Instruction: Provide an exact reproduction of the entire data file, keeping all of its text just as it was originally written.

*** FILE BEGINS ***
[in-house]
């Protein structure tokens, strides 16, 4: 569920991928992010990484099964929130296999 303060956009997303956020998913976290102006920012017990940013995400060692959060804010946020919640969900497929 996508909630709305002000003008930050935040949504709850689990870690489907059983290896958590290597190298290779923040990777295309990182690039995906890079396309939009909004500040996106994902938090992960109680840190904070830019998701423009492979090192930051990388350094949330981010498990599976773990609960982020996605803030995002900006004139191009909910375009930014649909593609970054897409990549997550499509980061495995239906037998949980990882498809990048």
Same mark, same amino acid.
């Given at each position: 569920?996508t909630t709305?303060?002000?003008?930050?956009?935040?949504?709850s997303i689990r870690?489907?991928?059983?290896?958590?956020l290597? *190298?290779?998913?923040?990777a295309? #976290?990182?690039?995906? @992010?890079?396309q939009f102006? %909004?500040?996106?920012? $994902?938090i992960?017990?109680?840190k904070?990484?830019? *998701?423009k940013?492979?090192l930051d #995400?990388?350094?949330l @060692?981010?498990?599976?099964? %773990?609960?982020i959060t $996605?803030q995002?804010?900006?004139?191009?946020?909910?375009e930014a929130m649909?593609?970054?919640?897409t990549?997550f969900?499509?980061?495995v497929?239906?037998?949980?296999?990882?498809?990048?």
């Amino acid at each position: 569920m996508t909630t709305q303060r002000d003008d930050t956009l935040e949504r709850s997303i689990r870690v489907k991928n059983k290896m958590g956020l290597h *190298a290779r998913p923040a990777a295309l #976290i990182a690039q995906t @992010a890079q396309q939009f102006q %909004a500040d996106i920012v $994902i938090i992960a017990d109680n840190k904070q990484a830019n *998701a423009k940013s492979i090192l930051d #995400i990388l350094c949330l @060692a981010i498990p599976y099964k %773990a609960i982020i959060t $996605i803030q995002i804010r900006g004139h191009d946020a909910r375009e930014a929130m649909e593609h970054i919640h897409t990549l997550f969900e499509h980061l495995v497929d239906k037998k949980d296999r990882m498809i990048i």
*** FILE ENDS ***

[in-house]
């Protein structure tokens, strides 16, 4: 569920991928992010990484099964929130296999 303060956009997303956020998913976290102006920012017990940013995400060692959060804010946020919640969900497929 996508909630709305002000003008930050935040949504709850689990870690489907059983290896958590290597190298290779923040990777295309990182690039995906890079396309939009909004500040996106994902938090992960109680840190904070830019998701423009492979090192930051990388350094949330981010498990599976773990609960982020996605803030995002900006004139191009909910375009930014649909593609970054897409990549997550499509980061495995239906037998949980990882498809990048």
Same mark, same amino acid.
């Given at each position: 569920?996508t909630t709305?303060?002000?003008?930050?956009?935040?949504?709850s997303i689990r870690?489907?991928?059983?290896?958590?956020l290597? *190298?290779?998913?923040?990777a295309? #976290?990182?690039?995906? @992010?890079?396309q939009f102006? %909004?500040?996106?920012? $994902?938090i992960?017990?109680?840190k904070?990484?830019? *998701?423009k940013?492979?090192l930051d #995400?990388?350094?949330l @060692?981010?498990?599976?099964? %773990?609960?982020i959060t $996605?803030q995002?804010?900006?004139?191009?946020?909910?375009e930014a929130m649909?593609?970054?919640?897409t990549?997550f969900?499509?980061?495995v497929?239906?037998?949980?296999?990882?498809?990048?």
């Amino acid at each position: 569920m996508t909630t709305q303060r002000d003008d930050t956009l935040e949504r709850s997303i689990r870690v489907k991928n059983k290896m958590g956020l290597h *190298a290779r998913p923040a990777a295309l #976290i990182a690039q995906t @992010a890079q396309q939009f102006q %909004a500040d996106i920012v $994902i938090i992960a017990d109680n840190k904070q990484a830019n *998701a423009k940013s492979i090192l930051d #995400i990388l350094c949330l @060692a981010i498990p599976y099964k %773990a609960i982020i959060t $996605i803030q995002i804010r900006g004139h191009d946020a909910r375009e930014a929130m649909e593609h970054i919640h897409t990549l997550f969900e499509h980061l495995v497929d239906k037998k949980d296999r990882m498809i990048i």